Filthy bridleway

Mykidsdad
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Joined: 1 Jun 2019, 11:04pm

Filthy bridleway

Post by Mykidsdad »

There's a bridleway that connects where I work (Chilworth Science Park, North of Southampton) with the sports center, (or more precisely; Coxford Road).
In summer it's sort of passable as it dries out, but in Winter and Spring it's a muddy, waterlogged claggy mess. I cycle it in my bike because I fitted it with MTB knobblies and it sort of works, but it makes a mess of my bike and my classy overtrousers. Lovely ride apart from that.
Does anyone know if there's a mechanism for getting improvements made to the muddy sections? It's surrounded by some lovely gravel tracks (and long diversions up and down hills) but this short bit is awful.
The science park are trying to encourage people not to drive and are out of ideas (despite charging drivers zero for parking and having a terrible bus service). Are there precedents for organisations like this match funding with local authorities to improve bridleways, or is it a fat waste of time to try to get an upgrade to the surface?
Any thoughts welcome, thank you.
rareposter
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Re: Filthy bridleway

Post by rareposter »

You'd have to find out who owns the land that it's on, technically it's the landowner's responsibility to maintain rights of way across their land but "maintain" is a tricky one to define, it can literally just mean "passable" and as long as it's not blocked, it could be deemed as "maintained".

Local council rights of way officer should be able to provide detail about who owns it, they should have all the relevant land deeds.

The local authority can't really do much - especially if they don't own the land - although they can enforce planning regulations on the landowner should the ROW be found to be blocked. It invariably takes a very long time; councils have been run to the bone in the last decade and stuff like ROW has always been at the bottom of the pile anyway in terms of priorities.
Nearholmer
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Re: Filthy bridleway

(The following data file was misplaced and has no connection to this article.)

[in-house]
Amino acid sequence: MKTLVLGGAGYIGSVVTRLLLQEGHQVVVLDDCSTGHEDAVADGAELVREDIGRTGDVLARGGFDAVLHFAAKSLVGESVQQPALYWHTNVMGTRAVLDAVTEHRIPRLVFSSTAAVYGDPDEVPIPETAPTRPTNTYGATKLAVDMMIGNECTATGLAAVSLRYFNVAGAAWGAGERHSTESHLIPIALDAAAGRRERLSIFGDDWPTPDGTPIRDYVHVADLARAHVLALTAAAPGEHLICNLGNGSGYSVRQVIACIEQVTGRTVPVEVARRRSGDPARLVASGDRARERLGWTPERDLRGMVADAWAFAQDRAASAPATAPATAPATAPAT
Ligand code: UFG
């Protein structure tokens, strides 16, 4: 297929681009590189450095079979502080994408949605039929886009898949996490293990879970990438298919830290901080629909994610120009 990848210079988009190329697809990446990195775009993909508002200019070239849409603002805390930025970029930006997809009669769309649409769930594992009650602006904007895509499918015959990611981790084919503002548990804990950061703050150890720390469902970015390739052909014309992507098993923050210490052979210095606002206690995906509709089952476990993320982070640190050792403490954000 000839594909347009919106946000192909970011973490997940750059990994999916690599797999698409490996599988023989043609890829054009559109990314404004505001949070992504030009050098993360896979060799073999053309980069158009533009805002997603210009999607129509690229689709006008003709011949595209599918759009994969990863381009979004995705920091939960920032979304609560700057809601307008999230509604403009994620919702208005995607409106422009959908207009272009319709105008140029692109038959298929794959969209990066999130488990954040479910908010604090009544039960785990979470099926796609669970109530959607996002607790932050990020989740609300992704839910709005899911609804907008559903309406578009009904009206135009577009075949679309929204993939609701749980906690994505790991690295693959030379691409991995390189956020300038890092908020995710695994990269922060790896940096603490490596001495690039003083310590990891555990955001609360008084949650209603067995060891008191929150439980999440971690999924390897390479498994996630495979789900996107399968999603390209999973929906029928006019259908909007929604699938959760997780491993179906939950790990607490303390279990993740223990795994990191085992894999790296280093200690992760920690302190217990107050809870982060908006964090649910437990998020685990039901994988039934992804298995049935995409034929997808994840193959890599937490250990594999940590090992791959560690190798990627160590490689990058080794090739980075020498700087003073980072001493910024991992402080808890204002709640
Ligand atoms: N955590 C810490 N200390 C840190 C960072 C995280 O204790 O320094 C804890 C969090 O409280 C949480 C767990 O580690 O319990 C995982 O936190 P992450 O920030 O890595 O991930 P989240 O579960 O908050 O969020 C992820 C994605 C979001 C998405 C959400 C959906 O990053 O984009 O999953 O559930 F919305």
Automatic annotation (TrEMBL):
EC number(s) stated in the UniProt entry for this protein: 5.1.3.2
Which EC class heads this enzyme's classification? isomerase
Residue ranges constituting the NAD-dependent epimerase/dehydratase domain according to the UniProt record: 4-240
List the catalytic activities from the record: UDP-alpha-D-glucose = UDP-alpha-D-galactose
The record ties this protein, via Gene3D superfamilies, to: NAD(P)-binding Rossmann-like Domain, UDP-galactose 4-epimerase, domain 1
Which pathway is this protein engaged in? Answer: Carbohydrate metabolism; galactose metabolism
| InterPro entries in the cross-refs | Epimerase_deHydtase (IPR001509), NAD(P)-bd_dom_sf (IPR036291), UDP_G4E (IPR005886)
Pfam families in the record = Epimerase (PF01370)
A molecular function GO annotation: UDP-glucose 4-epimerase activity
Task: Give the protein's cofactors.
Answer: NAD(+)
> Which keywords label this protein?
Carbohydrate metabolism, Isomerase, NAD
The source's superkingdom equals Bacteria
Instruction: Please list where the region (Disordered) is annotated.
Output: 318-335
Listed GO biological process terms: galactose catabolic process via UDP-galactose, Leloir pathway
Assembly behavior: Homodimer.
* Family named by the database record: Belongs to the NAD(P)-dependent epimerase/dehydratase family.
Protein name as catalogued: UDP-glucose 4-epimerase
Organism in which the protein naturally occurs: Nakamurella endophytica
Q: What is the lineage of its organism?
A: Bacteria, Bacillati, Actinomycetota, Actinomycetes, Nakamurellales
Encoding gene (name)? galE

Post by Nearholmer »

I’d say that step one is to find out who the landowner is, and ask nicely, ideally as a club/group rather than an individual, and ideally showing willingness to, for instance, do the work on a voluntary basis, or get your employer to offer money or physical help.

My instinct is that if it’s passable on a horse, the landowner could decline to improve it, and that it would be very difficult, impossible even, to use the law to get beyond that.

I honestly think a nicely-nicely approach has a higher probability of getting you forward than any attempt to enforce.

The ultimate might be to get the highway authority to adopt it as a cycle way or shared-use path, but if the landowner doesn’t want that for one reason or another, that again could get nowhere.

The deep mud on bridleways thing is, BTW, one of my reasons for scepticism about eMTB, and opposition to any increase in power limits for EAPC. A knobbly-tyred EAPC blasted along a soft bridle way at full 250W assist can do a heck of a lot of damage to the surface, wrecking it for everyone else. Horses and cattle can also do phenomenal damage, but they’ve got a lot of grandfather rights!
Bmblbzzz
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Re: Filthy bridleway

Post by Bmblbzzz »

Nearholmer wrote: 8 Mar 2024, 2:11pm I’d say that step one is to find out who the landowner is, and ask nicely, ideally as a club/group rather than an individual, and ideally showing willingness to, for instance, do the work on a voluntary basis, or get your employer to offer money or physical help.
Maybe joining/starting a Science Park Cycle User Group?
Jdsk
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Re: Filthy bridleway

Post by Jdsk »

Bmblbzzz wrote: 8 Mar 2024, 2:39pm
Nearholmer wrote: 8 Mar 2024, 2:11pm I’d say that step one is to find out who the landowner is, and ask nicely, ideally as a club/group rather than an individual, and ideally showing willingness to, for instance, do the work on a voluntary basis, or get your employer to offer money or physical help.
Maybe joining/starting a Science Park Cycle User Group?
Yes, try to work with a group, either existing or new.

And find a friendly local journalist.

Jonathan
Mykidsdad
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Joined: 1 Jun 2019, 11:04pm

Re: Filthy bridleway

Post by Mykidsdad »

Ah that's some brilliant ideas, thank you. I hadn't realised that bridleways were on private land which is obvious when you think about it..!
Point taken over knobbly tyres too, best left alone while it's super muddy.
The users group might come to something, will see how I get on. The science park is keen to promote alternatives to cars so it may be a good starting point.
Thanks again all. Very helpful.
Nearholmer
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Re: Filthy bridleway

Post by Nearholmer »

Landowners have widely ranging attitudes to bridleways, so it’s impossible to predict the response you might get for asking.